13-18 December 2015
International Conference Centre Geneva
Europe/Zurich timezone

Recent results from the ANTARES deep-sea neutrino telescope

17 Dec 2015, 15:05
Level 0, Room 4 (International Conference Centre Geneva)

Level 0, Room 4

International Conference Centre Geneva


Dr Daniele VIVOLO (INFN Napoli)


The ANTARES experiment has been running in its final configuration since 2008. It is the largest neutrino telescope in the Northern hemisphere. After the discovery of a cosmic neutrino diffuse flux by the IceCube detector, the search for its origin has become a key mission in high-energy astrophysics. Particularly interesting is the indication (although not significant with the present IceCube statistics) of an excess of signal events from the Southern sky region. The ANTARES sensitivity is large enough to constrain the origin of the IceCube excess from regions extended up to 0.2 sr in the Southern sky. Assuming different spectral indexes for the energy spectrum of neutrino emitters, the Southern sky and in particular central regions of our Galaxy are studied searching for point-like objects and for extended regions of emission. The search program also includes multi-messenger analyses requiring time and/or space coincidences with other cosmic probes (cosmic rays, gamma rays or gravitational waves). ANTARES has also provided results on atmospheric neutrinos and searches for rare particles (such as magnetic monopoles and nuclearites in the cosmic radiation). Of particular note are the searches for Dark Matter: the limits obtained for the spin-dependent WIMP-nucleon cross section overcome that of existing direct-detection experiments.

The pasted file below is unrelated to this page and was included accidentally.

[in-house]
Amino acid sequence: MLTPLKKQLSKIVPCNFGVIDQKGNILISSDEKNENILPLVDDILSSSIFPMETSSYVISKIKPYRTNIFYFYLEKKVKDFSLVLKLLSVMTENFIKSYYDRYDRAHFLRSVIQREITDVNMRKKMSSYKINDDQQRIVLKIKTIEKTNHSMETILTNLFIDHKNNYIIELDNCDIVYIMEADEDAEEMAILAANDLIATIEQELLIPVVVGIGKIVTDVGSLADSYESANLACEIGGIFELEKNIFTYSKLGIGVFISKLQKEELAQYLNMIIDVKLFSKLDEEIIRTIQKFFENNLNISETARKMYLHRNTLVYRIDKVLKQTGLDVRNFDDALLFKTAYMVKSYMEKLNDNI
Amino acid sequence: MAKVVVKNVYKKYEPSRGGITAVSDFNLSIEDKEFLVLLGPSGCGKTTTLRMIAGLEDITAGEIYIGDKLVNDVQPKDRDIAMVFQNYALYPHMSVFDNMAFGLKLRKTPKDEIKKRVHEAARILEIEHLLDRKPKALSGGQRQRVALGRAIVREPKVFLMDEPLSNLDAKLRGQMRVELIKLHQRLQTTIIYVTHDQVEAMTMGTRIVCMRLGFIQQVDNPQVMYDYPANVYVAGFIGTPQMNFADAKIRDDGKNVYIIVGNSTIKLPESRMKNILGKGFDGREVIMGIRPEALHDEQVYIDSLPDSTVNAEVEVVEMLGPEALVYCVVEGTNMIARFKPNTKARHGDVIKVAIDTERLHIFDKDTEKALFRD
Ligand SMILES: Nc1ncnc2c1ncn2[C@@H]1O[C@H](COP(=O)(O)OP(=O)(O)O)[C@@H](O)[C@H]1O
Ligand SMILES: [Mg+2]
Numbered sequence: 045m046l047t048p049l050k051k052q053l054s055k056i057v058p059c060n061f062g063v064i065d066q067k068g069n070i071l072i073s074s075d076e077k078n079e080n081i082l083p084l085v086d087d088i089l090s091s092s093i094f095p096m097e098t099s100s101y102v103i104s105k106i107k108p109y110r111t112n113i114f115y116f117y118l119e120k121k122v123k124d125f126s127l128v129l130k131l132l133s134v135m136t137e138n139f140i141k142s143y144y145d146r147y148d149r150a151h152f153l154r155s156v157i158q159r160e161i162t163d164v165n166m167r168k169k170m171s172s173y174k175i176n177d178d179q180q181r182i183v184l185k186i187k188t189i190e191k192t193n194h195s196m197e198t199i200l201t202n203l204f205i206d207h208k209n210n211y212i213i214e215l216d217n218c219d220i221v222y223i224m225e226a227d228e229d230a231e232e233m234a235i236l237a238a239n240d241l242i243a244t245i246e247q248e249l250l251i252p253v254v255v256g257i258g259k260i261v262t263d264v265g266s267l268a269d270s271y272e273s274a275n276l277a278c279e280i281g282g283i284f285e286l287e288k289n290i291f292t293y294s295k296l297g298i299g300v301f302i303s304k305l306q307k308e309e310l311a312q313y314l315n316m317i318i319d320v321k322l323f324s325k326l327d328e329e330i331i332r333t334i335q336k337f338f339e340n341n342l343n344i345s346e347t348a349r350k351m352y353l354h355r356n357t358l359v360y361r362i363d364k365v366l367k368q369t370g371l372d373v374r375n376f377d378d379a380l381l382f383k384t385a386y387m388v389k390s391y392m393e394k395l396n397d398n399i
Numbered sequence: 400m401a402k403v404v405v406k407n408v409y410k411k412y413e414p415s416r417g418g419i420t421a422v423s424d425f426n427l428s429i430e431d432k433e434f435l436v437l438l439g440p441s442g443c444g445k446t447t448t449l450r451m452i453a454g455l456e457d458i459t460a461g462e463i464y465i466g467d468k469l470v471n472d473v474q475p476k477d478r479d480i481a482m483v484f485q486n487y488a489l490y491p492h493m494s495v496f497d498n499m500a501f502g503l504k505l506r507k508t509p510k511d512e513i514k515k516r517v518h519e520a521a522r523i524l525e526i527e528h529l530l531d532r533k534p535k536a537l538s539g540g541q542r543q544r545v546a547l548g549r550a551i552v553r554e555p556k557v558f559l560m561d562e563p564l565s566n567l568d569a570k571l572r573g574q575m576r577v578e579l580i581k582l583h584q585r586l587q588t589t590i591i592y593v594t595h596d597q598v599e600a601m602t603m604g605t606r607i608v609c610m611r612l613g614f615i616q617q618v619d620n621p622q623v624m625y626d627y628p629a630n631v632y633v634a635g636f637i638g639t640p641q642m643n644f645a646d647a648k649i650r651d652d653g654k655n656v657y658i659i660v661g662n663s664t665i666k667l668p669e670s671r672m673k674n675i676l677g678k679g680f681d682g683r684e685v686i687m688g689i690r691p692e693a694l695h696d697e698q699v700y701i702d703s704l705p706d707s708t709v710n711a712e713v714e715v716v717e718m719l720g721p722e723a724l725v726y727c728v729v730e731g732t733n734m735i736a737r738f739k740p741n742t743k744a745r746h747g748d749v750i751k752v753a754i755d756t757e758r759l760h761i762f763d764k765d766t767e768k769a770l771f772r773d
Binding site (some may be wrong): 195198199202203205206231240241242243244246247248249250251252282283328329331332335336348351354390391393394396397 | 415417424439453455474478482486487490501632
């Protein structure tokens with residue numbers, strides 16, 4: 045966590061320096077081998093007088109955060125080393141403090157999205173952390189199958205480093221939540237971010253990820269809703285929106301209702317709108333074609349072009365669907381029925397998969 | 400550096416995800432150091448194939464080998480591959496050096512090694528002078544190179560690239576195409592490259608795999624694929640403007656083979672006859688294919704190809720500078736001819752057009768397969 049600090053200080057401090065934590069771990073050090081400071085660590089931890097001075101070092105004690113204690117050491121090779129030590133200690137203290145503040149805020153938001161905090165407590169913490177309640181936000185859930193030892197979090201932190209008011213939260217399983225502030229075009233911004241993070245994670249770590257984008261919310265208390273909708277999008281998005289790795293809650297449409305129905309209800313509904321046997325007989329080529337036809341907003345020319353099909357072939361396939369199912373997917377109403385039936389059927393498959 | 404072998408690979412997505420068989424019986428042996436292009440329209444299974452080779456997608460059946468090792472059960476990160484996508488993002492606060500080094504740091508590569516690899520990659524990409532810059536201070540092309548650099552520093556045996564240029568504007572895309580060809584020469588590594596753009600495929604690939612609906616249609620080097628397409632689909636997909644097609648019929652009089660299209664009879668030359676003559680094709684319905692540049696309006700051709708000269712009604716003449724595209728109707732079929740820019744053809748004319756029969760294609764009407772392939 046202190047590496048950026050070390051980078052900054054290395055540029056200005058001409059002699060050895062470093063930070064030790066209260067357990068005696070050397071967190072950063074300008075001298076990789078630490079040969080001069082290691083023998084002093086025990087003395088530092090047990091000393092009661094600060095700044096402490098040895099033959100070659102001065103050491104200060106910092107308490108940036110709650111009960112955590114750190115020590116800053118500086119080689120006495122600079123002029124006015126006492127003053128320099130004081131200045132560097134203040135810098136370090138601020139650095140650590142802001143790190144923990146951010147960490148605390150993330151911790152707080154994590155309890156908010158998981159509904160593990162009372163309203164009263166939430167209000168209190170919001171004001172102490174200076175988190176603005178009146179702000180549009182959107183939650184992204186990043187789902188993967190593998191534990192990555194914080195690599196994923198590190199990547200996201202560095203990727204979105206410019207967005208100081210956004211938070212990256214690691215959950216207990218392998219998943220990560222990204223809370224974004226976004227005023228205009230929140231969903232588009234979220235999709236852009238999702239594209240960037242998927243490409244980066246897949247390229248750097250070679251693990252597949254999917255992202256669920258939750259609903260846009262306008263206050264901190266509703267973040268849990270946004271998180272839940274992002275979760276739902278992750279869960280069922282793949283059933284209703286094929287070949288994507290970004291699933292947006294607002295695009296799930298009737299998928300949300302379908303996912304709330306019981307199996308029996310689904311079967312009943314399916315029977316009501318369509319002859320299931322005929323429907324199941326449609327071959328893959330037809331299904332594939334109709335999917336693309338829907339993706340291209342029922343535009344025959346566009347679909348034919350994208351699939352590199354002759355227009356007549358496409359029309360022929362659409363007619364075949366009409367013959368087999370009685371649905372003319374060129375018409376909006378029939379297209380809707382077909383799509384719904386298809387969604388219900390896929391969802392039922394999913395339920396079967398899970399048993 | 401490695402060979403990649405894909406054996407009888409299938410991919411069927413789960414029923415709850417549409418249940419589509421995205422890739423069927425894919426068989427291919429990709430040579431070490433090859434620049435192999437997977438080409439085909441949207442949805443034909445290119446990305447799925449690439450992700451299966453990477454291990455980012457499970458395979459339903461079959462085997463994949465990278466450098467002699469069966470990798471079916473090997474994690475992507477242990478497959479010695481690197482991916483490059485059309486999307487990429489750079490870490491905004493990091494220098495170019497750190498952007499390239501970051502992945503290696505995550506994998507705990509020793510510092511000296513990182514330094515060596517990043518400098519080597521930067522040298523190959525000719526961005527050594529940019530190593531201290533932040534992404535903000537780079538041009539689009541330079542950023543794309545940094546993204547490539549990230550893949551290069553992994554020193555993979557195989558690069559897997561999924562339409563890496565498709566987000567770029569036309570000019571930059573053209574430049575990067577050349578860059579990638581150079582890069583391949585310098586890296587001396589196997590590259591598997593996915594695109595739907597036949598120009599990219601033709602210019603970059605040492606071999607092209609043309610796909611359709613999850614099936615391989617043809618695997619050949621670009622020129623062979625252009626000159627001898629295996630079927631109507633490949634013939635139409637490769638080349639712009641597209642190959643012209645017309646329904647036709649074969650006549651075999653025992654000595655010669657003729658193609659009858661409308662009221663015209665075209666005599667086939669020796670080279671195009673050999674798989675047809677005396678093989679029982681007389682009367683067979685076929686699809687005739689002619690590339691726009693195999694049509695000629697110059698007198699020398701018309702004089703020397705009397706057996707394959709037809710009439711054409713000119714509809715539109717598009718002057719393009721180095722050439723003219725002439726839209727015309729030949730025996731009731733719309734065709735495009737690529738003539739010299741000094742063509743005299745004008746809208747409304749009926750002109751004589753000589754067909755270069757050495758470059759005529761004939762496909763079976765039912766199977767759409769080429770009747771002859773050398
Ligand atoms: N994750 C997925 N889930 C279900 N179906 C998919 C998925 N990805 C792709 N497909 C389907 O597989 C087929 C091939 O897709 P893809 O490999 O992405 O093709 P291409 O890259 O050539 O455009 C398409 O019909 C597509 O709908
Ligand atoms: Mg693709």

Collaboration ANTARES Collaboration

Primary author

Dr Daniele VIVOLO (INFN Napoli)


Dr Thierry PRADIER (IPHC & University of Strasbourg)

Presentation Materials